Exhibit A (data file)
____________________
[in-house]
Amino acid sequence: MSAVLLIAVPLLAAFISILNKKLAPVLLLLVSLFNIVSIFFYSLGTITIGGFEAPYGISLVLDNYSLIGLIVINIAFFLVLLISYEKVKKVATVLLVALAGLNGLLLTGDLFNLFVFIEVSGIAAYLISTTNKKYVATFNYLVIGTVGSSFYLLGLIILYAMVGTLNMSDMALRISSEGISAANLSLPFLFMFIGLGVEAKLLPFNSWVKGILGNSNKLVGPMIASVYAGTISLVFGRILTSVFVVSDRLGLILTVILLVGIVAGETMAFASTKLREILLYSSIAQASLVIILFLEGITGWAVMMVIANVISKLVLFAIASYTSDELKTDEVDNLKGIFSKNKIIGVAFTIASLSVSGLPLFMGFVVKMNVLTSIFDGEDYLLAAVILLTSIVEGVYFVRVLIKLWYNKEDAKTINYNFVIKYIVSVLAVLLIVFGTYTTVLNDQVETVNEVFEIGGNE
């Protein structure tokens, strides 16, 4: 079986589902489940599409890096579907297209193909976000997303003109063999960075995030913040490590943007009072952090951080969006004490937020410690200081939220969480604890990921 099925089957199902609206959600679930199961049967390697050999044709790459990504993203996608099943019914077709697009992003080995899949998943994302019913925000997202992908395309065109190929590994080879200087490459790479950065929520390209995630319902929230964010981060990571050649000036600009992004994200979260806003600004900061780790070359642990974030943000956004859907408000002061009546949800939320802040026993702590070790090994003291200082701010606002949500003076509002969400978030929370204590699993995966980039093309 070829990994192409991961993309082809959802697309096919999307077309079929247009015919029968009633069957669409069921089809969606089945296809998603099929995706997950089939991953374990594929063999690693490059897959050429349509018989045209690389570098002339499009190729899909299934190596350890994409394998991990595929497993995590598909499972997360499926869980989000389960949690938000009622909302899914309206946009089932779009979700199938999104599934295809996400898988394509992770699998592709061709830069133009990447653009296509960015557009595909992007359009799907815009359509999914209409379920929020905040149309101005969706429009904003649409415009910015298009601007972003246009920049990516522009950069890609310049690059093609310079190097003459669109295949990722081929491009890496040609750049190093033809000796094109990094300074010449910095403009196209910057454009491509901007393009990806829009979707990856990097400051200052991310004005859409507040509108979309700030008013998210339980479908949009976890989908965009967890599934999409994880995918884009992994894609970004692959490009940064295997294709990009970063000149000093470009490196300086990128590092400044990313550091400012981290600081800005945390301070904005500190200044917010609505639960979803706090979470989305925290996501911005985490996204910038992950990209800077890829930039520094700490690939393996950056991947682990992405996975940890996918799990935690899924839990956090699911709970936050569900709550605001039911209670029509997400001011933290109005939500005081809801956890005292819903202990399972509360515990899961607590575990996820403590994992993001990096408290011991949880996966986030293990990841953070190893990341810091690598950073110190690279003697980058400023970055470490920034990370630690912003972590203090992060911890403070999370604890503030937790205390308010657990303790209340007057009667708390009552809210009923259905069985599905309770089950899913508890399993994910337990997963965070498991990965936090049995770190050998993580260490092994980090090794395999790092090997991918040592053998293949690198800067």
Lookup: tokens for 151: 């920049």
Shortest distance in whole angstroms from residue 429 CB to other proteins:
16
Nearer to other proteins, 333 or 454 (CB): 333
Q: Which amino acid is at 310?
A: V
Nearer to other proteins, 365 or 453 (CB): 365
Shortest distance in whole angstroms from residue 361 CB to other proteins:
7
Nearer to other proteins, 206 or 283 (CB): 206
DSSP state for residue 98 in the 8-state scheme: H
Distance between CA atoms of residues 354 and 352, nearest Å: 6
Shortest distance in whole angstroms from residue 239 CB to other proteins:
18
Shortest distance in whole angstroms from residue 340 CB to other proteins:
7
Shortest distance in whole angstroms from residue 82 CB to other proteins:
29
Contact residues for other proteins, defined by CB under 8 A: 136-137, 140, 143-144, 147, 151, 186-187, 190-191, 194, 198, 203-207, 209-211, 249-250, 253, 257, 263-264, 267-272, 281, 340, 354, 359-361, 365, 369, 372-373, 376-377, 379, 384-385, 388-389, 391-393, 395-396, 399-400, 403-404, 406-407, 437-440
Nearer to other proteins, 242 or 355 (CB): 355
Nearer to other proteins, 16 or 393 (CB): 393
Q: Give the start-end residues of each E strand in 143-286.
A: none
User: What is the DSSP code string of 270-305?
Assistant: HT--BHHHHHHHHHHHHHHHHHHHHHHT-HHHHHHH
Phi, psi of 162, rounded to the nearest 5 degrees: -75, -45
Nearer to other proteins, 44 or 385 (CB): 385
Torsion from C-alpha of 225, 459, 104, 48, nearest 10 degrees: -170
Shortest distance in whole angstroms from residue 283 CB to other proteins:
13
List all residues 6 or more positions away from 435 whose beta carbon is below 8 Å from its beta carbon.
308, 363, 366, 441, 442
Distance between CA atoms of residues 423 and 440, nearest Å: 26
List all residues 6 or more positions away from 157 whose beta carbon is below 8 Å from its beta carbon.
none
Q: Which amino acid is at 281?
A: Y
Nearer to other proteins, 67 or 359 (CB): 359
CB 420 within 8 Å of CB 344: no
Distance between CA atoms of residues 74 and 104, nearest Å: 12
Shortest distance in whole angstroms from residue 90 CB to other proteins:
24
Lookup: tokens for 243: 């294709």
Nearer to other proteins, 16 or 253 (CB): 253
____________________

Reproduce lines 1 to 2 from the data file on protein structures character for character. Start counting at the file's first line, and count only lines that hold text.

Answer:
[in-house]
Amino acid sequence: MSAVLLIAVPLLAAFISILNKKLAPVLLLLVSLFNIVSIFFYSLGTITIGGFEAPYGISLVLDNYSLIGLIVINIAFFLVLLISYEKVKKVATVLLVALAGLNGLLLTGDLFNLFVFIEVSGIAAYLISTTNKKYVATFNYLVIGTVGSSFYLLGLIILYAMVGTLNMSDMALRISSEGISAANLSLPFLFMFIGLGVEAKLLPFNSWVKGILGNSNKLVGPMIASVYAGTISLVFGRILTSVFVVSDRLGLILTVILLVGIVAGETMAFASTKLREILLYSSIAQASLVIILFLEGITGWAVMMVIANVISKLVLFAIASYTSDELKTDEVDNLKGIFSKNKIIGVAFTIASLSVSGLPLFMGFVVKMNVLTSIFDGEDYLLAAVILLTSIVEGVYFVRVLIKLWYNKEDAKTINYNFVIKYIVSVLAVLLIVFGTYTTVLNDQVETVNEVFEIGGNE